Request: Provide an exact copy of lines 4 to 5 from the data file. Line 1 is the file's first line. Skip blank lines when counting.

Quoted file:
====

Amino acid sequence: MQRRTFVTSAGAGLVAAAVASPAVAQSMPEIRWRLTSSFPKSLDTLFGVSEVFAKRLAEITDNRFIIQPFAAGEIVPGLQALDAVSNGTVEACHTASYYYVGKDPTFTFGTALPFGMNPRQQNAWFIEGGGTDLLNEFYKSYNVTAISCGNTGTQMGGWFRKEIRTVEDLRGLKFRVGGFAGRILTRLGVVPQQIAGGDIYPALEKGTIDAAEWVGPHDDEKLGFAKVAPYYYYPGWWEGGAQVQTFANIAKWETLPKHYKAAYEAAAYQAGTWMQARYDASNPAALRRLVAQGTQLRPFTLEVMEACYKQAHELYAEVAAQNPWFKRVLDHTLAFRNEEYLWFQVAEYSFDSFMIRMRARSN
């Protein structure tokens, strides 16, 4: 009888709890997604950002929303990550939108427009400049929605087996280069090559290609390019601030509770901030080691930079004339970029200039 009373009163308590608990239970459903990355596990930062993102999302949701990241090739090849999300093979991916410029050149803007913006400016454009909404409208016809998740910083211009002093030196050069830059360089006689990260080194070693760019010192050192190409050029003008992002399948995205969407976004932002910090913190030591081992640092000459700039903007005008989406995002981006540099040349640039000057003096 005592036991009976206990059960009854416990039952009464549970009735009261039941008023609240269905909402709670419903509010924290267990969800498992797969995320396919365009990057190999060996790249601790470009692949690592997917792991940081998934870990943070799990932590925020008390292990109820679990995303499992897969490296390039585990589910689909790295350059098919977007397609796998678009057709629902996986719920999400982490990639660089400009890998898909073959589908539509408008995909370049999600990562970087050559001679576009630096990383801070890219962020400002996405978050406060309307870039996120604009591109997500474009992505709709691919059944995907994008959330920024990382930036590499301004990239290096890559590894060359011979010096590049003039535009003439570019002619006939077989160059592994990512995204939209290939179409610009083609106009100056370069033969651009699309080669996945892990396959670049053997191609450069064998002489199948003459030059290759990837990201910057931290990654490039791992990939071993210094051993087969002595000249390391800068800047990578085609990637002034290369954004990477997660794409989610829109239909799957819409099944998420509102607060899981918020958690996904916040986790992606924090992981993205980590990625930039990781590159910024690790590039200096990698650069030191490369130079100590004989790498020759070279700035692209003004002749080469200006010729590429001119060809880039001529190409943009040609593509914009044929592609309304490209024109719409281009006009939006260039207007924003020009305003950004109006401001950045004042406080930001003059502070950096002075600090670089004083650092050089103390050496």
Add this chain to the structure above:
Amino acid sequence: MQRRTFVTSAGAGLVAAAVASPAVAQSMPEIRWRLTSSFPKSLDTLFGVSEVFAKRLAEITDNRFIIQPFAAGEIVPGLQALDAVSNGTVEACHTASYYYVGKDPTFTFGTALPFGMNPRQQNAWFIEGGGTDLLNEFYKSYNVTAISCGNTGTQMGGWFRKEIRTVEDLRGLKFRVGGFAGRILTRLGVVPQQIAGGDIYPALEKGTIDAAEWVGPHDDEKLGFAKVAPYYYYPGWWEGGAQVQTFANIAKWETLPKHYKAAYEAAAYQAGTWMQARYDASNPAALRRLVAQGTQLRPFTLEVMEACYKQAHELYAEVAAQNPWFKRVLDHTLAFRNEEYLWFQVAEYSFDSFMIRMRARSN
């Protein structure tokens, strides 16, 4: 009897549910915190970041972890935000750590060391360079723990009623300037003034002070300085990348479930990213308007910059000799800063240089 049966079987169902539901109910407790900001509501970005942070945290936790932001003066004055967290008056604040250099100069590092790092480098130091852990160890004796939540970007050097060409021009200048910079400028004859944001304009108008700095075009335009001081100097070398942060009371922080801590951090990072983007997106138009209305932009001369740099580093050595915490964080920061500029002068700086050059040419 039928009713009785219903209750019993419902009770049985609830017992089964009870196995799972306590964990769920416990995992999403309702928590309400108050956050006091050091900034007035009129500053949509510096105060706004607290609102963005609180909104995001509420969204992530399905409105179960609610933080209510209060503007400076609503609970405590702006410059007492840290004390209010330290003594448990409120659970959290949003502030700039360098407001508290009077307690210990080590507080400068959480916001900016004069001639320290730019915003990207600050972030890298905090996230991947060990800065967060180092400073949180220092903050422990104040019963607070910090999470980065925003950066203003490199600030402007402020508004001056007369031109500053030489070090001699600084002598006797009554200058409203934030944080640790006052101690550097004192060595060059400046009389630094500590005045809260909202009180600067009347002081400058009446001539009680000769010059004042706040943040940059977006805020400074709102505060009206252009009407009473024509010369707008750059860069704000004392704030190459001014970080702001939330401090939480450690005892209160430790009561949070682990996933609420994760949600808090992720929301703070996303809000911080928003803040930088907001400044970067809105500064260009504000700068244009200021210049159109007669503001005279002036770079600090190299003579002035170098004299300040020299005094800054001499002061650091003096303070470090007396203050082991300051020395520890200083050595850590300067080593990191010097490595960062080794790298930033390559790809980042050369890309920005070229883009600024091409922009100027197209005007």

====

Amino acid sequence: MQRRTFVTSAGAGLVAAAVASPAVAQSMPEIRWRLTSSFPKSLDTLFGVSEVFAKRLAEITDNRFIIQPFAAGEIVPGLQALDAVSNGTVEACHTASYYYVGKDPTFTFGTALPFGMNPRQQNAWFIEGGGTDLLNEFYKSYNVTAISCGNTGTQMGGWFRKEIRTVEDLRGLKFRVGGFAGRILTRLGVVPQQIAGGDIYPALEKGTIDAAEWVGPHDDEKLGFAKVAPYYYYPGWWEGGAQVQTFANIAKWETLPKHYKAAYEAAAYQAGTWMQARYDASNPAALRRLVAQGTQLRPFTLEVMEACYKQAHELYAEVAAQNPWFKRVLDHTLAFRNEEYLWFQVAEYSFDSFMIRMRARSN
């Protein structure tokens, strides 16, 4: 009897549910915190970041972890935000750590060391360079723990009623300037003034002070300085990348479930990213308007910059000799800063240089 049966079987169902539901109910407790900001509501970005942070945290936790932001003066004055967290008056604040250099100069590092790092480098130091852990160890004796939540970007050097060409021009200048910079400028004859944001304009108008700095075009335009001081100097070398942060009371922080801590951090990072983007997106138009209305932009001369740099580093050595915490964080920061500029002068700086050059040419 039928009713009785219903209750019993419902009770049985609830017992089964009870196995799972306590964990769920416990995992999403309702928590309400108050956050006091050091900034007035009129500053949509510096105060706004607290609102963005609180909104995001509420969204992530399905409105179960609610933080209510209060503007400076609503609970405590702006410059007492840290004390209010330290003594448990409120659970959290949003502030700039360098407001508290009077307690210990080590507080400068959480916001900016004069001639320290730019915003990207600050972030890298905090996230991947060990800065967060180092400073949180220092903050422990104040019963607070910090999470980065925003950066203003490199600030402007402020508004001056007369031109500053030489070090001699600084002598006797009554200058409203934030944080640790006052101690550097004192060595060059400046009389630094500590005045809260909202009180600067009347002081400058009446001539009680000769010059004042706040943040940059977006805020400074709102505060009206252009009407009473024509010369707008750059860069704000004392704030190459001014970080702001939330401090939480450690005892209160430790009561949070682990996933609420994760949600808090992720929301703070996303809000911080928003803040930088907001400044970067809105500064260009504000700068244009200021210049159109007669503001005279002036770079600090190299003579002035170098004299300040020299005094800054001499002061650091003096303070470090007396203050082991300051020395520890200083050595850590300067080593990191010097490595960062080794790298930033390559790809980042050369890309920005070229883009600024091409922009100027197209005007």